The world is moving steadily away from coal. The emissions-heavy fossil fuel is public enemy number one in many, if not most, clean energy and climate smart initiatives and campaigns, and it’s not even that economically viable anymore. For a long time coal was king in many economies around the world because it was cheap and plentiful, but as of last year solar and wind were cheaper than coal in most of the world.
All of this is to say that coal’s days are numbered...but they’re not over yet. Not by a long shot. China, which consumes more than half of the coal used in the entire world (the next biggest consumer, India, consumes just 11.8 percent by comparison) has talked a big game in recent months about going green. Last fall, President Xi Jinping announced that Being would redouble its climate commitments and cut down its massive carbon emissions to net zero by just 2060. At September’s U.N. general assembly, Xi took his climate pledges even further, promising that his country would reach peak emissions by just 2030. But at the same time that President Xi made these ambitiously lofty promises, many provinces of China were actually returning to coal as energy security concerns and economic stresses became more pronounced. What’s more, while China aims to cut down its own coal production numbers to meet their climate pledges, Beijing is ramping up coal production in other countries to continue a steady supply of the fossil fuel to the energy-ravenous country while simultaneously spreading their global economic presence and offsetting some of the emissions responsibility to the countries where the coal is actually being mined. Any rhetoric suggesting that Beijing is no longer reliant on coal imports were quickly disproven earlier this year when an unofficial Chinese embargo on Australian coal caused entire swaths of the country to go dark.
But one of the biggest reasons that the world can’t completely let go of coal yet has less to do with energy production. The real culprit is steel. As world leaders charge forward with the global green energy transition and talk up their climate change plans, steel remains as important of a sector as ever--and steel runs on coal. A lot of coal.
“Steel companies make nearly 2 billion tons of high-strength material every year for bridges, buildings, railways, and roads,” Wired reported this week. “The furnaces that melt iron ore to make steel consume vast amounts of coal. As a result, the industry accounts for roughly 8 percent of annual carbon dioxide emissions, as well as a toxic soup of air pollutants.” As long as steel remains this much of a coal-guzzler, coal is here to stay.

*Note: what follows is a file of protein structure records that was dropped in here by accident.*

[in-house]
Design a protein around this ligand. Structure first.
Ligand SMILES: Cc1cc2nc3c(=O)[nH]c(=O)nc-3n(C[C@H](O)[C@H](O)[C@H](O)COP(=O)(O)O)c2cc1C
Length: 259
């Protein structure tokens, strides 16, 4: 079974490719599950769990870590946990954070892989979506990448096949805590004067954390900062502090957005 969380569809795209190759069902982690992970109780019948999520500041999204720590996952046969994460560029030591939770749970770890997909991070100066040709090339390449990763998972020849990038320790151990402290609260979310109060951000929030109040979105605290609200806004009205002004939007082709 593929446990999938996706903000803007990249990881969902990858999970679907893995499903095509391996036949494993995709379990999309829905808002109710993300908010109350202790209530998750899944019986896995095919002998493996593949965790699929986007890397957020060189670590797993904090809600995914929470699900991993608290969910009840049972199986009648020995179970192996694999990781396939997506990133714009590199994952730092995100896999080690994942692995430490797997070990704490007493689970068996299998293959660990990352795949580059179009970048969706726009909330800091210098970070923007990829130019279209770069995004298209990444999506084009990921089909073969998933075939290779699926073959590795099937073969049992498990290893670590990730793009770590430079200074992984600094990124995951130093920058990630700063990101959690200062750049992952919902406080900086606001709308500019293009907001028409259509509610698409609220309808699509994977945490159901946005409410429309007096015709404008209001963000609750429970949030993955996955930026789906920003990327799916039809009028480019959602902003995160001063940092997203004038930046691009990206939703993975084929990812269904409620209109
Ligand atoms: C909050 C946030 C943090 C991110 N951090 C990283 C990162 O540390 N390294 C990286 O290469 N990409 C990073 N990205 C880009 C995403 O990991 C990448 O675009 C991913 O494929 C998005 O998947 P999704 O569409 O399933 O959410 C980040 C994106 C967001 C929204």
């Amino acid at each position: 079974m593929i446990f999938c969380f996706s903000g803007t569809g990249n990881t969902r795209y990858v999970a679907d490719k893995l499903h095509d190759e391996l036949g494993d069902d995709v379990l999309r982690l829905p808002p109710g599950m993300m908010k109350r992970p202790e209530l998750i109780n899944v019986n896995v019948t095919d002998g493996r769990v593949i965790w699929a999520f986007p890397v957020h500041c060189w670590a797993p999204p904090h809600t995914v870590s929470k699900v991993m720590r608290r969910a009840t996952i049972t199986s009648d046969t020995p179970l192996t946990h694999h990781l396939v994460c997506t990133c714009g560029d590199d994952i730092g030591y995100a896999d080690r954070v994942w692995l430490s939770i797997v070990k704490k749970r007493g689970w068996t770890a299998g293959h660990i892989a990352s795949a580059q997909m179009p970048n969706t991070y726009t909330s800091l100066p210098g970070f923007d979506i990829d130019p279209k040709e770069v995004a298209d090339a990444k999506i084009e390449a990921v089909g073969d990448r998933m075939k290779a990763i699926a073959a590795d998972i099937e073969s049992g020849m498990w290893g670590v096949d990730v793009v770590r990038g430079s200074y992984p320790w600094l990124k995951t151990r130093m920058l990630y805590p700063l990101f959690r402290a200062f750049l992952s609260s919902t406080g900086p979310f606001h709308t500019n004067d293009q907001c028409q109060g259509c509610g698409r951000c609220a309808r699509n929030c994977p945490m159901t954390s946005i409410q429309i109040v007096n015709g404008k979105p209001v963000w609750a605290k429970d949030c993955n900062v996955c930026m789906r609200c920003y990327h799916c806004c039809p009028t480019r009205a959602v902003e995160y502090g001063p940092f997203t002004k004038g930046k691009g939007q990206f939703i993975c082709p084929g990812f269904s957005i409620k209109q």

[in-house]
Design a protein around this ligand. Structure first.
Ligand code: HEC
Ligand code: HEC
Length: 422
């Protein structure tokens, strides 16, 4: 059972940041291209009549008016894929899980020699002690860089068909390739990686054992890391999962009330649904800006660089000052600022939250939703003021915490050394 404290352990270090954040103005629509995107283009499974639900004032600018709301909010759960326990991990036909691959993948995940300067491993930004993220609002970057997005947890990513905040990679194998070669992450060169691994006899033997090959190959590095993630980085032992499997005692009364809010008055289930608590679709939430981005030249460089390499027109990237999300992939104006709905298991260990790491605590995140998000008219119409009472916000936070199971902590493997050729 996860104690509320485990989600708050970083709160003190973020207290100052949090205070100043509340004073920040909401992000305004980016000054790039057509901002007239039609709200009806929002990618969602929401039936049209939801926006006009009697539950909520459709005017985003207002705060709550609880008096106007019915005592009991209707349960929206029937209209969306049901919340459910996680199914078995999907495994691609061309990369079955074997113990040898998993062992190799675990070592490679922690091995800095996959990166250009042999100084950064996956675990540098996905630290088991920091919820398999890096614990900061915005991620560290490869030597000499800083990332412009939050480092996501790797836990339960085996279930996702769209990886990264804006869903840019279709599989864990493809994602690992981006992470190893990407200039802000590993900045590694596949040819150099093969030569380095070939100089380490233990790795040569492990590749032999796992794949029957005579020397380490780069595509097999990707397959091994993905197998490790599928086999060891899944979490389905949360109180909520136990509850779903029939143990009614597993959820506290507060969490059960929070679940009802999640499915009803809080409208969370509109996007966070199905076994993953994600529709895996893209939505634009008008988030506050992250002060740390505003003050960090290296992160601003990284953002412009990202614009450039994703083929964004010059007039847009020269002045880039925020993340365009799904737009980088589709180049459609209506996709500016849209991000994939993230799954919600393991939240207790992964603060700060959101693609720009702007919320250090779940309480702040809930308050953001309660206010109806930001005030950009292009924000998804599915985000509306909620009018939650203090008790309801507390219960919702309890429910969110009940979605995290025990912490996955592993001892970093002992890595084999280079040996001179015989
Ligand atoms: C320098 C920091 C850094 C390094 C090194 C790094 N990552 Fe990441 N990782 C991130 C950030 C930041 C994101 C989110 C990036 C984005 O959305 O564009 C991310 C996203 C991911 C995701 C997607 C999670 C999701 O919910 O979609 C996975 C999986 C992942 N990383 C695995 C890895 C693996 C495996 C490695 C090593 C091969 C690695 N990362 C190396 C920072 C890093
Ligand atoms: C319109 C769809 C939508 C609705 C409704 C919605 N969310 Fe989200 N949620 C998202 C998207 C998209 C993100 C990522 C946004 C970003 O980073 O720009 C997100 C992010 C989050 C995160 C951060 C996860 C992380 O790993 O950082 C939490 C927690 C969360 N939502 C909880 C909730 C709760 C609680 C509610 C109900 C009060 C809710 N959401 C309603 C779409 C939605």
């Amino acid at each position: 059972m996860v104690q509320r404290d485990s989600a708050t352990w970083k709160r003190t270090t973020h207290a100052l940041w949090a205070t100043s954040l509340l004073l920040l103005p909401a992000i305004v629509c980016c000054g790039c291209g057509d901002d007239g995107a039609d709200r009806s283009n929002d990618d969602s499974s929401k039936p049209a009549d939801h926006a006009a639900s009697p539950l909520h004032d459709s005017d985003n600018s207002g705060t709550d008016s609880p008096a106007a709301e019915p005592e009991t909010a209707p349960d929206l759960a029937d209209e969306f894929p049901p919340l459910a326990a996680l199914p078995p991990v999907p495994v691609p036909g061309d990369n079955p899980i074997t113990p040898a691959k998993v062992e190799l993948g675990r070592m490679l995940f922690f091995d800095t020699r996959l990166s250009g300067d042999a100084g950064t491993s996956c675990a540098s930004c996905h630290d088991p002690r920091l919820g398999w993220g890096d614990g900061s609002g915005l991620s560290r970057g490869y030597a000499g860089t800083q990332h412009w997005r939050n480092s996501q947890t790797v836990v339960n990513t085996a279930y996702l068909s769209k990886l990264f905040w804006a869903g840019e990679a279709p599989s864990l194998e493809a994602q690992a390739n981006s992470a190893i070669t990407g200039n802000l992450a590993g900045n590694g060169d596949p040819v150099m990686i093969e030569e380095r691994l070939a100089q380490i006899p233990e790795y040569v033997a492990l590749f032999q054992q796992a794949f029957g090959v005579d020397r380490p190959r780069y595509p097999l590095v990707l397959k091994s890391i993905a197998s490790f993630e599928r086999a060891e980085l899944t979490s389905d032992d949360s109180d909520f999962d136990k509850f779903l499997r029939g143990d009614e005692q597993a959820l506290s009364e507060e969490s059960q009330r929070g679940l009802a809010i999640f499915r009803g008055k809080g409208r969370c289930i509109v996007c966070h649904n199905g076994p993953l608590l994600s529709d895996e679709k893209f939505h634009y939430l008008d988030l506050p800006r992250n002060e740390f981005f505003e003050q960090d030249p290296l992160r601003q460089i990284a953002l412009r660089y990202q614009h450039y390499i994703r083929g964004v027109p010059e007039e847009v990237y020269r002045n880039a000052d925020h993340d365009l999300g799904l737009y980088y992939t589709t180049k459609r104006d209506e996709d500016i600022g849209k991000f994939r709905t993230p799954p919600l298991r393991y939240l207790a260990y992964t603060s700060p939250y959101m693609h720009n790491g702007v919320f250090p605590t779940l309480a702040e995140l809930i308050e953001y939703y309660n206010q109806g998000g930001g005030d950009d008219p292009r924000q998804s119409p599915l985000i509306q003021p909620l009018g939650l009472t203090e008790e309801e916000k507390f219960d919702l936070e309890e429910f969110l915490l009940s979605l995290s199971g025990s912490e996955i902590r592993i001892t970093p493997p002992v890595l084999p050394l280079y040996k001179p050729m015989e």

That’s why it’s a monumental bit of news that steelmakers may finally have found a way to break off their toxic relationship with the particularly dirty fuel source. Steelmakers are fully aware of their crucial role in keeping global warming under 1.5 degrees Celsius over pre-industrial averages in order to avoid catastrophic climate change, and they are finally trying to do something about it. Just in the last few months, Europe’s ArcelorMittal, China’s Baowu Steel, and Japan’s Nippon Steel, the world’s three largest steelmakers committed to reaching carbon neutrality by 2050.
How will that be possible? Through a complete rethinking and reworking of the coke-based steel process that has held strong since the 18th century. There are a number of companies working on the kind of novel innovations needed to shrug off centuries of emissions-heavy tradition. One such initiative, which had its infancy at the Massachusetts Institute of Technology (MIT) uses electric currents to heat iron ore to make steel. Other European clean-steel processes include hydrogen furnaces. In Brazil, steelmakers are experimenting with biochar, a kind of fuel repurposed from agricultural waste, to be used in combination with carbon capture devices.
These innovations are still in their early stages and will need to be significantly scaled up to make a real dent in the steel industry’s carbon footprint. Today, 70% of steel is still made the old way, but these breakthroughs in cleaner steel are a hugely promising step in the right direction. As these technologies continue to improve, the hope is that adoption will increase--and do so in a hurry.
By Haley Zaremba for Oilprice.com
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